I don't share your sense of what matters here. While I do have a problem with the scalping of pretty much any figure within days after its release in general, after its release is over, it becomes a collectible. (For the record, R2-KT is still available on other sites.) There are more R2-KTs in the distribution system still (as you've seen, I assume) so hopefully people aren't buying these for higher prices on eBay. (Remember, kids: dealers who buy up exclusives and figures to sell you at twice the price aren't providing you with a valuable service, they bought up product that you may have had the chance to buy in stores, online via HasbroToyShop, or elsewhere.) Yes, it's scummy to scalp a charity item, but I'm sure any collector hobby has had items like this in the past. Hasbro got its money, the Make-A-Wish Foundation got its money, and the by-product is a small plastic robot toy. What happens to those figures is inconsequential, the charity has received a kind donation, and that's what this is all about-- you can still donate to Make-A-Wish, and wait to get the figure for $10 when they show up in stock again (or wait until fans lose interest in 8-18 months and they're less than cost on eBay).
While it's not up to me, I'm sure most/all fans agree that hopefully, this will be an item that Hasbro doesn't get stuck with (as what's more sad than a figure for charity becoming a pegwarmer?), and more importantly, that this is a figure fans can get. So far, it looks like there are plenty in the system so anyone who wants one can pay the $9.99. Or, more importantly if we really want to help out those in need, we can just write a check and 100% of the funds will go to a good cause directly. Visit Wish.org for more on this charity.
4. Saw the reveal of the figures in the EE "Elite Forces" pack (formerly the
mystery set.) Definitely have some mixed feelings, as the figures
themselves are pretty cool but most of the head sculpts are disappointing.
Instead of bad-ass commandos, they look like a bunch of young, wimpy nerds
more appropriate for the Disney Channel than Star Wars. Anyway, that's not
really part of my question, just a bit of griping. Hey, we wouldn't be SW
fans if we didn't gripe. :)
My question is simply this: Will it be possible to buy the two separate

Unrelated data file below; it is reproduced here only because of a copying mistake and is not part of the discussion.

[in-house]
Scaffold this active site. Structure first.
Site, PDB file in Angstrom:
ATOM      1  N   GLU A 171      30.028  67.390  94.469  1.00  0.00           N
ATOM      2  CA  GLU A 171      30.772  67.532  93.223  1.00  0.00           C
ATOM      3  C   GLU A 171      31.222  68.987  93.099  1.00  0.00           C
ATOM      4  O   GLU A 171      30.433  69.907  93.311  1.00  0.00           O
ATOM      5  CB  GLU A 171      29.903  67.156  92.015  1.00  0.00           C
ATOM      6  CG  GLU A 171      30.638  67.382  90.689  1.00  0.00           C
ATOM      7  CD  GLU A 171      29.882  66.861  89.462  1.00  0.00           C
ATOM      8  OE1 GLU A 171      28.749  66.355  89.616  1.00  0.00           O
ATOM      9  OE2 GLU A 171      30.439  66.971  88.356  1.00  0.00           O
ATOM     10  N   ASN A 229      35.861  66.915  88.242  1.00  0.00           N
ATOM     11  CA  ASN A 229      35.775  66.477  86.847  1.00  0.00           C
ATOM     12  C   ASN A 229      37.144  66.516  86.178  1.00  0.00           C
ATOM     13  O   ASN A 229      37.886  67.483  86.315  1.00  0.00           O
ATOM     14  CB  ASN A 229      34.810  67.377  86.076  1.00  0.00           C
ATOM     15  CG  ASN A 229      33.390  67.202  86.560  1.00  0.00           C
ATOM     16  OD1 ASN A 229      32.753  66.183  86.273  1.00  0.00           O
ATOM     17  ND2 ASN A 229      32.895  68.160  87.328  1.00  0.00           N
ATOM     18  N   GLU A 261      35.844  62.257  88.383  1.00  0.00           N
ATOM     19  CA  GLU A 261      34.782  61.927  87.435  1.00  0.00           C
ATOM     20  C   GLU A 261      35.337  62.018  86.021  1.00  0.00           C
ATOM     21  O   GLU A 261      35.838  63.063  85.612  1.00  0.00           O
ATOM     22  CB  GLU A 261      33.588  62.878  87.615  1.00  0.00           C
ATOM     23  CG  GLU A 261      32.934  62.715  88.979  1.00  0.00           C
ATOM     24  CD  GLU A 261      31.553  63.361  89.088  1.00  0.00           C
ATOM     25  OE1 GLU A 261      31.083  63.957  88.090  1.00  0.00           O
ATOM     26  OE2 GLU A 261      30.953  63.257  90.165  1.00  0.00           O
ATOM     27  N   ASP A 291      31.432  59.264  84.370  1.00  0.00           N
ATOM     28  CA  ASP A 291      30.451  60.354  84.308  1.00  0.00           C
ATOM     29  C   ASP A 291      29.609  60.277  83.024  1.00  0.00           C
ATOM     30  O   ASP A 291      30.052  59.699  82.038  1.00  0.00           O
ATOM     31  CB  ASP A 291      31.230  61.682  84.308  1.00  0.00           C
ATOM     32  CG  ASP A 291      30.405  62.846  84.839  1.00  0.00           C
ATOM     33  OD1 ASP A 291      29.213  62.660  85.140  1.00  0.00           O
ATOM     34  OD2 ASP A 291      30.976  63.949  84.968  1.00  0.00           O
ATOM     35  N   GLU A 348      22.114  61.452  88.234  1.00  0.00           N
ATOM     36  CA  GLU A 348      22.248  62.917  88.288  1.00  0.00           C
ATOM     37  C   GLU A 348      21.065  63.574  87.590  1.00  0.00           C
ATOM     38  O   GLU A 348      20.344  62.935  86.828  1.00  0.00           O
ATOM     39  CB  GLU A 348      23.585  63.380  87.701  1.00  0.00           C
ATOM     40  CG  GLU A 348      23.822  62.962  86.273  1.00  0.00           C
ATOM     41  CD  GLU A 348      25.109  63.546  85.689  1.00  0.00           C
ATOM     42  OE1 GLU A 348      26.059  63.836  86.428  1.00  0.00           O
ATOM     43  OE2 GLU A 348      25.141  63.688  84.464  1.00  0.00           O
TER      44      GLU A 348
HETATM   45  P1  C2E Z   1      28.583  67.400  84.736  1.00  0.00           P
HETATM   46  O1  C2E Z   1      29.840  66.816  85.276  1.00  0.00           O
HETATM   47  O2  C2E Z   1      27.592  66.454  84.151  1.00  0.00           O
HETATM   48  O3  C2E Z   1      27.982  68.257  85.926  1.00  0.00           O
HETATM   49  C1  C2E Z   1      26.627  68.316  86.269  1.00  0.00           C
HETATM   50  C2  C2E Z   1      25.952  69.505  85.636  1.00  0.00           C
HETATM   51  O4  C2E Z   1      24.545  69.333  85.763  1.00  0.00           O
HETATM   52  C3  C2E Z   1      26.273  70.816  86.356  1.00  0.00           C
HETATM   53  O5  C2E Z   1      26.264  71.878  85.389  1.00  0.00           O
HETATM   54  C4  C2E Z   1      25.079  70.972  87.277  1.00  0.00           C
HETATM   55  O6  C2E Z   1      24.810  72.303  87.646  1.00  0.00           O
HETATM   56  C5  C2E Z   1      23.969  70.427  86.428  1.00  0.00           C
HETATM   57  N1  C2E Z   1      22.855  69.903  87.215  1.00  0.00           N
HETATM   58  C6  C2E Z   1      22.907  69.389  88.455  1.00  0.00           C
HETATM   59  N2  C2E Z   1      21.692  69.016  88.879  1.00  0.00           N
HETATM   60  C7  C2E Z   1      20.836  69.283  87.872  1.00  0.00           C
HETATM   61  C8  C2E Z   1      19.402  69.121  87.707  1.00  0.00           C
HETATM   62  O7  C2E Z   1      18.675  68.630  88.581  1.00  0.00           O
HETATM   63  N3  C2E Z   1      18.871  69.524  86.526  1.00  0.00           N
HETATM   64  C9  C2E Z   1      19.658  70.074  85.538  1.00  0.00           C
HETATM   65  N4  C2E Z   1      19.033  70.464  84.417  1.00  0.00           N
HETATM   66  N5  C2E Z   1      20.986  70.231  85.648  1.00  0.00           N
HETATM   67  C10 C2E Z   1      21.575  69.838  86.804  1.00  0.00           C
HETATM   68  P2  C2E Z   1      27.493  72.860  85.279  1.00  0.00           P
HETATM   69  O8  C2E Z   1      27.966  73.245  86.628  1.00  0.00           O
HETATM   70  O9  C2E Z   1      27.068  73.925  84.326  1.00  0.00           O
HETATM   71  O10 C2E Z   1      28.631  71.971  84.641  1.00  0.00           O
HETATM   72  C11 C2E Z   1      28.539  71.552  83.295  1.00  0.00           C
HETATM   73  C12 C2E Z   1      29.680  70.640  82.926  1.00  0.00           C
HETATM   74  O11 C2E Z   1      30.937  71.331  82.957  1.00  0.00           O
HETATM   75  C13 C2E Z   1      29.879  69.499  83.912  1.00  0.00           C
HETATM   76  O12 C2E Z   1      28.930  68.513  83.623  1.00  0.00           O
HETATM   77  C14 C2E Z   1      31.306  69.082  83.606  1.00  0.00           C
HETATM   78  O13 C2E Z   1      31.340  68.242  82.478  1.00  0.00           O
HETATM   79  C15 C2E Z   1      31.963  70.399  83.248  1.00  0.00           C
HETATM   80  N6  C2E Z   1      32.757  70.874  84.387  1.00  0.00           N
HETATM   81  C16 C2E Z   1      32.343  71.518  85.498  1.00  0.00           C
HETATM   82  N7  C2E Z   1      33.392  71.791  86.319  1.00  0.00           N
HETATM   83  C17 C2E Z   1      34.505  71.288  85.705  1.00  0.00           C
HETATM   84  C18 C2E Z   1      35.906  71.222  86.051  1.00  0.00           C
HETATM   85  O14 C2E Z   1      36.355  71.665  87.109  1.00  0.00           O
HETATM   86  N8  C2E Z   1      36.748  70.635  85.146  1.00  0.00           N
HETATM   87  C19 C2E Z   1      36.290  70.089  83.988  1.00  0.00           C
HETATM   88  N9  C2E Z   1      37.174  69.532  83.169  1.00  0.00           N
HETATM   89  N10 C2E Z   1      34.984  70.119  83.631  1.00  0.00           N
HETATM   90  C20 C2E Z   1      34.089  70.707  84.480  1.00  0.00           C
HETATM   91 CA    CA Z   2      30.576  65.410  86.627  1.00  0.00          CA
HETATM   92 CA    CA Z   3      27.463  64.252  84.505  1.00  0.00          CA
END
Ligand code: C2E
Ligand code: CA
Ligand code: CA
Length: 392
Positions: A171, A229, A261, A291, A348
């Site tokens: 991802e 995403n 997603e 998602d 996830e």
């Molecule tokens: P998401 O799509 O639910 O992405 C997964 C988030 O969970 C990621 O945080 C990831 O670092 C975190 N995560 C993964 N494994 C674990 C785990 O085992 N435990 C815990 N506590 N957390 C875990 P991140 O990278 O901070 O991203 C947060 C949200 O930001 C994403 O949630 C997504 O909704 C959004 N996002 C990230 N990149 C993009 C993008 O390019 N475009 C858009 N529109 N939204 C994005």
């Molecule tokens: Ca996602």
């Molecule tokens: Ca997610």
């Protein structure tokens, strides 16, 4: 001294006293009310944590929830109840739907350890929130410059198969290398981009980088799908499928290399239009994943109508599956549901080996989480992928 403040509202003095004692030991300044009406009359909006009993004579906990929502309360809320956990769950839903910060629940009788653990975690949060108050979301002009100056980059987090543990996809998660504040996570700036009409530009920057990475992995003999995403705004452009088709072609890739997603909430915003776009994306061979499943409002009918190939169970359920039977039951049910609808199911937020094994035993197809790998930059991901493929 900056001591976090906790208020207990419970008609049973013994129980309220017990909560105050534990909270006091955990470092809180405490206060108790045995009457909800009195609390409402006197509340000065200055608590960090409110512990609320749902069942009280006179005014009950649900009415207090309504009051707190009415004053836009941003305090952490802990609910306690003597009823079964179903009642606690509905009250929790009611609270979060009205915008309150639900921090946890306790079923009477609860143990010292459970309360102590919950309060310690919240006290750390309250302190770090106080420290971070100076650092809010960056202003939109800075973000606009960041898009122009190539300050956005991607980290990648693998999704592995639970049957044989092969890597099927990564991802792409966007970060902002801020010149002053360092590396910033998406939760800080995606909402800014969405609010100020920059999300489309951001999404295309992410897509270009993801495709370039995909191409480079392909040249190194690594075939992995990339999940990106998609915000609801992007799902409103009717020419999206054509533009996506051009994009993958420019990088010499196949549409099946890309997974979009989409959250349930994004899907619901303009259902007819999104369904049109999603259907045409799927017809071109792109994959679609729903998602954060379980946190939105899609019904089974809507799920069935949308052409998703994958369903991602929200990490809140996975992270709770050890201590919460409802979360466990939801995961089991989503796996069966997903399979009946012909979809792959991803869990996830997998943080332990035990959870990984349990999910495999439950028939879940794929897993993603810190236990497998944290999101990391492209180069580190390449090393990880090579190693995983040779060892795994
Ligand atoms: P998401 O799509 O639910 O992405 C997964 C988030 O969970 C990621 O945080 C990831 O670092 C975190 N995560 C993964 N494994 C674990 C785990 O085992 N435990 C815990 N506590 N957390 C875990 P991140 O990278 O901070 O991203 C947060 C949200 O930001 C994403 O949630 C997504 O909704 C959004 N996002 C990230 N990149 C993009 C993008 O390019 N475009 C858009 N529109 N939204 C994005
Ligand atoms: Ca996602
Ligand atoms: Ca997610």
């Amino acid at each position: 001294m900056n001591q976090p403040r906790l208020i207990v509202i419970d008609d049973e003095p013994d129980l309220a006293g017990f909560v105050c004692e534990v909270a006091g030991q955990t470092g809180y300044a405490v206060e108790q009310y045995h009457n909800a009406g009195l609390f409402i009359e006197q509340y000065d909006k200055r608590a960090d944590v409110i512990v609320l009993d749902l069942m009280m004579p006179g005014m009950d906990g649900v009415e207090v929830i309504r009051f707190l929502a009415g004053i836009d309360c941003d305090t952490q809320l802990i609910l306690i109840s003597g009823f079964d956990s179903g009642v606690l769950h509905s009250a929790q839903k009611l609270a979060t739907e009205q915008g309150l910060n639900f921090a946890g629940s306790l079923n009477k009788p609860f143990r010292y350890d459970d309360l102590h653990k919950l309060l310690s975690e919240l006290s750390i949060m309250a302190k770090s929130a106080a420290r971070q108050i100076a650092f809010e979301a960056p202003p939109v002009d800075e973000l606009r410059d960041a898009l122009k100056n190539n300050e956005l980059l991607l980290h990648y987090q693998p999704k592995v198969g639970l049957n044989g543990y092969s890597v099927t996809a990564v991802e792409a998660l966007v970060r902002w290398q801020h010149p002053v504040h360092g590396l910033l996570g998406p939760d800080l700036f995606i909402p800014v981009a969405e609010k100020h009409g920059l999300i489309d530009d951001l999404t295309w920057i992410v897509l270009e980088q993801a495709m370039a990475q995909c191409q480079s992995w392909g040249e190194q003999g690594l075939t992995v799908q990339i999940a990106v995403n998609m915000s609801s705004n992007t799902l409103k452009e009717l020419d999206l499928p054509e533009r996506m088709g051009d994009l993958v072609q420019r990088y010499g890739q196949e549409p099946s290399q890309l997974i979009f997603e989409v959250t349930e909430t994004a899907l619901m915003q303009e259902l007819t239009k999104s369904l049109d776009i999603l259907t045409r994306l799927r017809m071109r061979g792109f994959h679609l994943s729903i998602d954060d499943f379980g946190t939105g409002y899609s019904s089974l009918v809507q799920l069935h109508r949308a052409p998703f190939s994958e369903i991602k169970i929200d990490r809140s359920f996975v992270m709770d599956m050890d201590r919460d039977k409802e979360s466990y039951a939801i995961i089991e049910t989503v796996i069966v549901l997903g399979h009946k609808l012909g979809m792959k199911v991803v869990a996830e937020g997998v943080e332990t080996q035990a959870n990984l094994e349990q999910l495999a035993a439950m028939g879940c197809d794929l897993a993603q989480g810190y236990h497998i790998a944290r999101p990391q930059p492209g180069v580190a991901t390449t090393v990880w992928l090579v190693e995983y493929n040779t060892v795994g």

sets individually? Personally I have no real need for so many differently
colored Mandalorians, but I'd definitely be interested in picking up the
"Omega Squad" set, while skipping on the "Clone Troopers" set. Unlike the
droids two packs, which spread out the best figures over the two sets, the
"Omega Squad" set definitely seems to have all the best figures in it (Llats
Ward, Rav Bralor and the black commandos.)
So will these be sold separately at any point? Or are we stuck paying
double and getting 7 figures we may not want?
Thanks very much. Despite my earlier rant, I do think this will be a cool
addition to my collection (at least the figures that I want) and thanks for
your efforts in making this a reality.
While as Entertainment Earth's Toy Evangelist (seriously, that's one of the many titles that appear on my business cards-- collect them all!) I have involvement in every exclusive, most of the development of this fine set came to you directly from Hasbro. I (well, we) sent Hasbro notes about some things we wanted in the sets, and the end result is what you see here. A lot of it was Hasbro, a little bit of it was me going "WAAAAAH WANT OMEGA SQUAD!!!" and lucking out in actually getting Omega Squad. That said, hats off to Hasbro's crack designers.
At this time, Entertainment Earth is only selling the figures in one big 14-figure set with both boxes. Why? Well, it's long and complicated, but the short answer is bundling helps keep prices down. If EE sold it individually, I would guess it probably wouldn't be $33.50 per box. But that's EE-- if you do (or don't) know this, my corporate overlords sell these and other fine items wholesale to pretty much anybody with a store, kinda like what Diamond does, only differently. If your local comic shop orders a case from EE Distribution, they can sell you one, or three, or whatever they gosh darn want to. They can also dictate the pricing. (You got options a-plenty, I'm happy to say.)
I got to play with the samples last week and I more or less dug them all for different reasons. Llats Ward certainly was better than expected, and I got a kick of having my very own Derryl Depriest in Mandalorian Armor on my desk for a couple of days. That way I can hold it in my hand and say "At last I have the lead of the Star Wars team right where I want him! Now, make for me Lumiya, Kiro, Dani, and Den Siva action figures from the old Marvel comics by 2009 or I shall crush you like a bug! BWAHAHAHAHA!" (Did I mention I'm a dork? No? Well, that should give it away.)
5. For the 30th Anniversary Collection and Saga Legends lines, which of the figures have intentional running variants/changes?